The Prodigal Son Taking Leave. He gathered all together and took his journey into a far country St. Luke Ch. XV.verse 13. Plate 1.[&] The Prodigal Son Revelling with Harlots, He wasted his substance with riotous living. St. Luke ChXV verse 13. Plate 2. [&] The Prodigal Son in Misery, He fain would have filled his belly with the husks the swine did eat. St. Luke Ch. XV verse 16. Plate 3. [&] The Prodigal Son returned home reclaimed, Father I have sinned against heaven, and in they sight and am no more worthy to be called the son. Plate 4.
Printed for & Sold by Carington Bowles, No.69 St Paul's Church Yard, London. Published as the Act directs 1792.
Set of four mezzotints. 350 x 250mm. A fine matching set in modern frames.
Depicting the parable of the Prodigal Son in late 18th century England, where the Protestant interpretation of the parable required the son to repent, and be worthy of his father's forgiveness. He would consequently be forgiven by God. 1. The hall of a country-house. A waiting coach with two servants is seen through the open door (right). A young man in riding-dress takes leave of his mother. A weeping young woman (left) and the father (right) complete the group. A carpet and pilastered walls give an impression of luxury. Numbered 618. 2. The young man sits on a sofa, his arm round a courtesan. Another (right) leans on her elbows on the back of a chair, tilting it against a square card-table, on which are cards, dice, decanters of 'Burgundy' and 'Hock', &c. A cocked hat, a mask, two tickets for a 'Masquerade', and a 'Cock fighting' advertisement lie on the floor. On the sofa is a domino. On the wall are two sporting prints: a prize fight, and horses passing the winning-post. Between them is an oval miniature of a man (bust portrait). The room is luxuriously furnished. Numbered 619. 3. The young man, ragged and melancholy, sits outside a pigsty holding some of the pea-pods from a heap, at which two pigs are guzzling. Behind is a large tree, and (right) a distant village church. Numbered 620. 4. The young man, dressed as in plate 3, advances towards his father who stands on the serpentine drive leading to his house, one corner of which can be seen on the left, with a figure of Fame poised on the corner of the roof. Behind the Prodigal, a servant in livery holds out shoes and stockings. Three women wait expectantly in a gateway. Numbered 621 Robert Dighton (1752 - 1814) was a draughtsman, well known for designs of satirical prints. Carington Bowles (1724 - 1793) was the son of John Bowles (q.v.), to whom he was apprenticed in 1741, and with whom he was in partnership as John Bowles & Son, at the Black Horse, Cornhill, London, from 1752 or 1753. He later took over the business of his uncle, Thomas Bowles II (q.v.) in St Paul's Churchyard. It has been assumed that Carington moved to St Paul's Churchyard in 1766.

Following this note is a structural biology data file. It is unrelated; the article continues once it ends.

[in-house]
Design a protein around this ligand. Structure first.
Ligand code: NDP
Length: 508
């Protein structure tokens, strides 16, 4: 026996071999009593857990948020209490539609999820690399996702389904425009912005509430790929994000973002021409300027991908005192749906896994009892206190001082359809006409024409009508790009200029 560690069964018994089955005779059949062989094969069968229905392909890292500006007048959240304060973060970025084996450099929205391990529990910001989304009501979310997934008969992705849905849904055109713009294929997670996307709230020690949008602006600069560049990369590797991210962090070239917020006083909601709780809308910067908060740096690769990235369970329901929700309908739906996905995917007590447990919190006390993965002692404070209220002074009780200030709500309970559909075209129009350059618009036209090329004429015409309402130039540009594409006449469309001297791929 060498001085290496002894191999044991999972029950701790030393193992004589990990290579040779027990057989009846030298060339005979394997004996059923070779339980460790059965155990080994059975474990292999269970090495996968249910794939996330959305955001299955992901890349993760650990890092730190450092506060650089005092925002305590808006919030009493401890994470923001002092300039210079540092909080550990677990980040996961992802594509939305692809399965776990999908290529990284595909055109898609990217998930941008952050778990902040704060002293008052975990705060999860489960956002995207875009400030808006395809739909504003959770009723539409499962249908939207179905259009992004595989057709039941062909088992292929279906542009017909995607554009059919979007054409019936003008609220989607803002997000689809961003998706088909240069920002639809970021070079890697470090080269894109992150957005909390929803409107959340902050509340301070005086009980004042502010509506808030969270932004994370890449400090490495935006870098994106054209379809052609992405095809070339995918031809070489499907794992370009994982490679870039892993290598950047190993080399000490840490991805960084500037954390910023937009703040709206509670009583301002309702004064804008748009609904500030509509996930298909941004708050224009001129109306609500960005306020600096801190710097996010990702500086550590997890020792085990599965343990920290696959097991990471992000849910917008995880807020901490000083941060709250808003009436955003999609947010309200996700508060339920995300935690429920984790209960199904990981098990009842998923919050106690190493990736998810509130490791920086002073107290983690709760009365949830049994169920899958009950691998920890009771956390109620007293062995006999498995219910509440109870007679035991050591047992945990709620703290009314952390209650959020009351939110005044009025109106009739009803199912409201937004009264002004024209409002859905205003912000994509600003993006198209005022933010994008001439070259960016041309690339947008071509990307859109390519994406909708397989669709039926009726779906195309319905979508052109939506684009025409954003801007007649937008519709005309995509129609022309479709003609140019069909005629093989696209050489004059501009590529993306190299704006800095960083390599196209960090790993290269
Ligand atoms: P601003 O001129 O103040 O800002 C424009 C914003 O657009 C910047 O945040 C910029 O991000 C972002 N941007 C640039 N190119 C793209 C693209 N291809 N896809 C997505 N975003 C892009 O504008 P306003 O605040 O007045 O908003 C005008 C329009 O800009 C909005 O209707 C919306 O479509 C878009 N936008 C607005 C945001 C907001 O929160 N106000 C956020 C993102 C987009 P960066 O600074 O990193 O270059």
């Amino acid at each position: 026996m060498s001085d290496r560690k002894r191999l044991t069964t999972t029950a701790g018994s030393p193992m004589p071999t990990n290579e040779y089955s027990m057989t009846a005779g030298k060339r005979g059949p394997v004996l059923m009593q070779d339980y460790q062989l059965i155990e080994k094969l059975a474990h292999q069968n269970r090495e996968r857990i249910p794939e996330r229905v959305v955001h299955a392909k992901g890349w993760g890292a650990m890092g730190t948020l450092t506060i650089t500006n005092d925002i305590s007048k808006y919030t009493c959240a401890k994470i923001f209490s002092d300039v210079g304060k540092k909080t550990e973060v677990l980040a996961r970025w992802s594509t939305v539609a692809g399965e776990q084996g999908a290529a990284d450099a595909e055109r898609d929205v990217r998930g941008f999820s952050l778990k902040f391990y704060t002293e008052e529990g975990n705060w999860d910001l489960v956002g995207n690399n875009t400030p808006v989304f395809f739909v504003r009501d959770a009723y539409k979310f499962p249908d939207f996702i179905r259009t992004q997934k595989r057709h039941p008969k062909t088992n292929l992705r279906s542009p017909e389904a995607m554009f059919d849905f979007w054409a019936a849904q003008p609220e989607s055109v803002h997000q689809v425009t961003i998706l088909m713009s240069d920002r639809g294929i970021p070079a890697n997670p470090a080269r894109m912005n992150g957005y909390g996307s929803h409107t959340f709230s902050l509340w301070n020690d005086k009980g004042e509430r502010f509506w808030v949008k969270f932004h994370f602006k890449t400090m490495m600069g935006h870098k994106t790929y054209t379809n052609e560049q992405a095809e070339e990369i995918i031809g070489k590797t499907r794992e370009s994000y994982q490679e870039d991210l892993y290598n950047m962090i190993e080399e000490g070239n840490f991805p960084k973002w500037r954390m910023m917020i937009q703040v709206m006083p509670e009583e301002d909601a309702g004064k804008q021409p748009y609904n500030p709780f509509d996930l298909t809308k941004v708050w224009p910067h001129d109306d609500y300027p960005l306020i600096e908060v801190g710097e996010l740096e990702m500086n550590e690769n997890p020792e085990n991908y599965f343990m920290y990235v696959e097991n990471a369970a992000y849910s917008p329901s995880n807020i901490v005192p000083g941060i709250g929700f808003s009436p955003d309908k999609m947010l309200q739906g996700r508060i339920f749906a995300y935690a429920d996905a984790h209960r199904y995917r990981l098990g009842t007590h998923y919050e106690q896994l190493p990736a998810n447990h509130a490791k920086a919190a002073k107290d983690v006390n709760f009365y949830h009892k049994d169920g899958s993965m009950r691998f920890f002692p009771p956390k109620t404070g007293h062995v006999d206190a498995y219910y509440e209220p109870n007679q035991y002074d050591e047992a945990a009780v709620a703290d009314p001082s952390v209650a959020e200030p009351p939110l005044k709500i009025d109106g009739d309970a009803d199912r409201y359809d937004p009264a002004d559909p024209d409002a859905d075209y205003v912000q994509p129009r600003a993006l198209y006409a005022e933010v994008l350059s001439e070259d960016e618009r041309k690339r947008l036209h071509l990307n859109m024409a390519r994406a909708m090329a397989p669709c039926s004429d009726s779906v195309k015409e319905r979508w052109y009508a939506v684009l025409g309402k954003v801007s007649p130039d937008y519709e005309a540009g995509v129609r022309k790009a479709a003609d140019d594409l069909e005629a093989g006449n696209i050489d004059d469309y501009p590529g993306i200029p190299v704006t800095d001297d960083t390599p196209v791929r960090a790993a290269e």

[Ref: 7049] £1,500.00